The problem is that the minute I converted the breath of God in the thought to a sermon illustration or blog, there was no life in it for me any longer. It was just a work tool. It was a job.

I repented and enjoyed the connection with my Father. As much as I appreciate the opportunity to minister in His name, the ministry is His, not mine. My ministry is to love Him and love people. His ministry is to save them, heal them, deliver them, etc.

I was looking at Ephesians 1 recently and looked into the idea of being “marked in Him with a seal.” The definition of the word “seal” includes the idea of proving someone’s testimony to a person that he is who he attests to be. The “seal” of Christ is the Holy Spirit, whose responsibilities include proving to someone the authenticity of things attested to. My job is to love Him and love people; His job is to convince them of things about Him and them.

I have nothing that He will attest to from a place of production. I have only the authentic connection of relationship as a conduit for truth. In other words, without being connected to Him for Him then I am doing things that are He won’t speak to others about. I can talk or write all I want, but unless He seals it with His attestation, nothing in others will change and none of it will matter.

It’s easy to slide into a place of burden for ministry’s sake. It will ultimately produce nothing more than some form of burn out. The life and the fire are in the authentic connection. That authentic connection is what He will use to stir others; not my ability to come up with ways to say it.

Legitimate Leadership is Born Within Everyone that Chooses to Be Made

There is a timeless question regarding the production of leadership that asks, “are leaders born or made?” The answer has to be “yes,” leaders are born and then made. Further examination of the question would reveal that leadership potential is more universal than it is exclusive because the essence of true leadership is deeper than the qualities we may initially identify. We are all born with leadership potential and our impact is dependent largely on our development but our development is unto different qualities than we often associate with leadership.

Regardless of your faith or belief, few could argue that Jesus has to be considered one of the greatest leaders of all time. He initiated a movement that has spanned centuries and changed cultures. His leadership has reached far beyond his tangible touch or span of years on earth. Within the context of the faith He invited, we are told “He was chosen before the creation of the world, but was revealed in these last times for your sake” (1 Peter 1:20). In other words, He was born for His destiny.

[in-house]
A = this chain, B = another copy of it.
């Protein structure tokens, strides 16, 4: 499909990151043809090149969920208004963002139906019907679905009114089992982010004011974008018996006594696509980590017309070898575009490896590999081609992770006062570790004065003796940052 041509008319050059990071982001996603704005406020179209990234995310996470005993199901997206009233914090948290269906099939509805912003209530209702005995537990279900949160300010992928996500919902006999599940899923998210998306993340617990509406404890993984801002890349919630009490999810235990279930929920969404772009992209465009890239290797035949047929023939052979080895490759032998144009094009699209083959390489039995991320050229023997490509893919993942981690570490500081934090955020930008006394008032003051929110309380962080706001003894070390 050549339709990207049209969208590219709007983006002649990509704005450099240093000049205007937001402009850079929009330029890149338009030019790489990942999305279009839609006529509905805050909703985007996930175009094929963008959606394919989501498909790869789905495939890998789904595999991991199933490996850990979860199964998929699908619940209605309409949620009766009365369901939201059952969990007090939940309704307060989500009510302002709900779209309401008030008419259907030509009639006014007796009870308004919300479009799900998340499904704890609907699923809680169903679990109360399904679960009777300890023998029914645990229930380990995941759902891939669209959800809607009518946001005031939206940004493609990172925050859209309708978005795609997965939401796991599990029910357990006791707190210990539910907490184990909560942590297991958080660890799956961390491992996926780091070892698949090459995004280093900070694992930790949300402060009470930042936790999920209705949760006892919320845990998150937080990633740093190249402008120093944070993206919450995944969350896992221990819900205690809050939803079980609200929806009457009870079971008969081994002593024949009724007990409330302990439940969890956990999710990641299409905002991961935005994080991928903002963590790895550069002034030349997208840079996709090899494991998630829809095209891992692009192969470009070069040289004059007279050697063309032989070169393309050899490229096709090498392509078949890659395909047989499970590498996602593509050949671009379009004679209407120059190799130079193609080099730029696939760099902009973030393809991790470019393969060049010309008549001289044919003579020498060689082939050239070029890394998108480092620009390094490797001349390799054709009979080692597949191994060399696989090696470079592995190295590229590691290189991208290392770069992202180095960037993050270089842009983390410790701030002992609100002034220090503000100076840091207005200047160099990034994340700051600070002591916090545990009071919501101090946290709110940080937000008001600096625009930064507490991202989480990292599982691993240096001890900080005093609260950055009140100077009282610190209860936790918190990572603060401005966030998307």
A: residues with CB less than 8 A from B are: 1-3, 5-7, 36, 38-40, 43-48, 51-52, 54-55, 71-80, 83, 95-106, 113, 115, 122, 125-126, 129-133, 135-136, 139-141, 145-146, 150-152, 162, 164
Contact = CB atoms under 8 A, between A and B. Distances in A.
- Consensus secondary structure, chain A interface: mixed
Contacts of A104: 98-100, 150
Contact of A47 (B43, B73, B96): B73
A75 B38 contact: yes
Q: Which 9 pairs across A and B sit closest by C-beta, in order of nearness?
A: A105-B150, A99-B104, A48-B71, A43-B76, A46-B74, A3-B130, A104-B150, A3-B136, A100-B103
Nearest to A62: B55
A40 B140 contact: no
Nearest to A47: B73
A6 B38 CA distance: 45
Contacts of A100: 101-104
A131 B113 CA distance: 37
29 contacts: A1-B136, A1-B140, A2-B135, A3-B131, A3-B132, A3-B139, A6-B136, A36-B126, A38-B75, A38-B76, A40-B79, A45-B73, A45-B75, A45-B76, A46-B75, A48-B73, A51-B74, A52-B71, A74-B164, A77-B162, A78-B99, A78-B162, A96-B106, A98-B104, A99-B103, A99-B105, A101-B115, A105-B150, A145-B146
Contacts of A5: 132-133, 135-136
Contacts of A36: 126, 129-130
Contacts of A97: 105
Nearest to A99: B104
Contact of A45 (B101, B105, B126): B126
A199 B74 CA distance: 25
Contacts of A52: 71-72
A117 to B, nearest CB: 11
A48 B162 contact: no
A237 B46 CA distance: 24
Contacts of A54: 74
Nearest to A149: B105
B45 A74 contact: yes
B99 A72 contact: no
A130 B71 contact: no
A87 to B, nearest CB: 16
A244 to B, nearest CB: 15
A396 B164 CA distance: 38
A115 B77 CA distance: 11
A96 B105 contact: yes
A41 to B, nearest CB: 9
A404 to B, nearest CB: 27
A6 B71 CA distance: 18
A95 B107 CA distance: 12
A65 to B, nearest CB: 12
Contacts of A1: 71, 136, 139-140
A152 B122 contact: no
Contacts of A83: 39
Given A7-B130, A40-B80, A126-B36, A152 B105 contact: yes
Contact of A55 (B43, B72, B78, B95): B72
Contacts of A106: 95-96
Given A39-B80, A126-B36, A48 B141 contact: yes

As difficult as it is to fully grasp, He also developed into it. Specifically, we know, “Jesus grew in wisdom and stature, and in favor with God and man” (Luke 2:52). While His destiny preceded creation, His capacity was developed by experience. In other words, He grew into His destiny.

While a study of His life would reveal great knowledge, discipline, influence and an extraordinary ability to communicate, the impact of His leadership if dependent on His character much more than it is attributable to the effect of His skills. Ultimately, the unleashing of centuries worth of global impact hinged on His humility which is grounded in the security of His identity. Humility and security are not necessarily natural in any of us no matter what we believe we may be born for. Humility and security have to be developed.

People follow leaders that sacrifice for their benefit. In fact, the very definition of legitimate authority depends on sacrifice for the benefit of others. “Leadership” that falls short of that isn’t leadership at all, and often it is manipulation or even abuse. The ability to lead which is born within each of us is unleashed by the development of our character and inherent understanding of that identity more than it is our skill at doing things or getting people to do things.

The production of a legitimate leader is the reduction of an aspiring leader. Those that will become less will be positioned for more. Willingness to embrace demotion will increase capacity for promotion. We are all born with the ability to sacrifice and decrease, but the making of our character dictates the extent to which we will influence others along the way and after we are gone.

Mastering Your Ability to Fix Problems and Resolve Disputes

I spent the first 20 years of my career largely focused on dispute resolution. As a representative for insurance companies in third-party (liability) claims and litigation as well as in the practice of law. Time and time again, I was in the middle of a problem and needed to be an effective problem solver.

Early in my career, I worked for a company that used a slogan to teach and reinforce their approach to dispute resolution. They encouraged employees to “Master the Basics” and I believe those same “basics” apply to approaches to problem solving in whatever endeavor we find ourselves. Effective problem solvers are effective in their calling, no matter what that calling may be.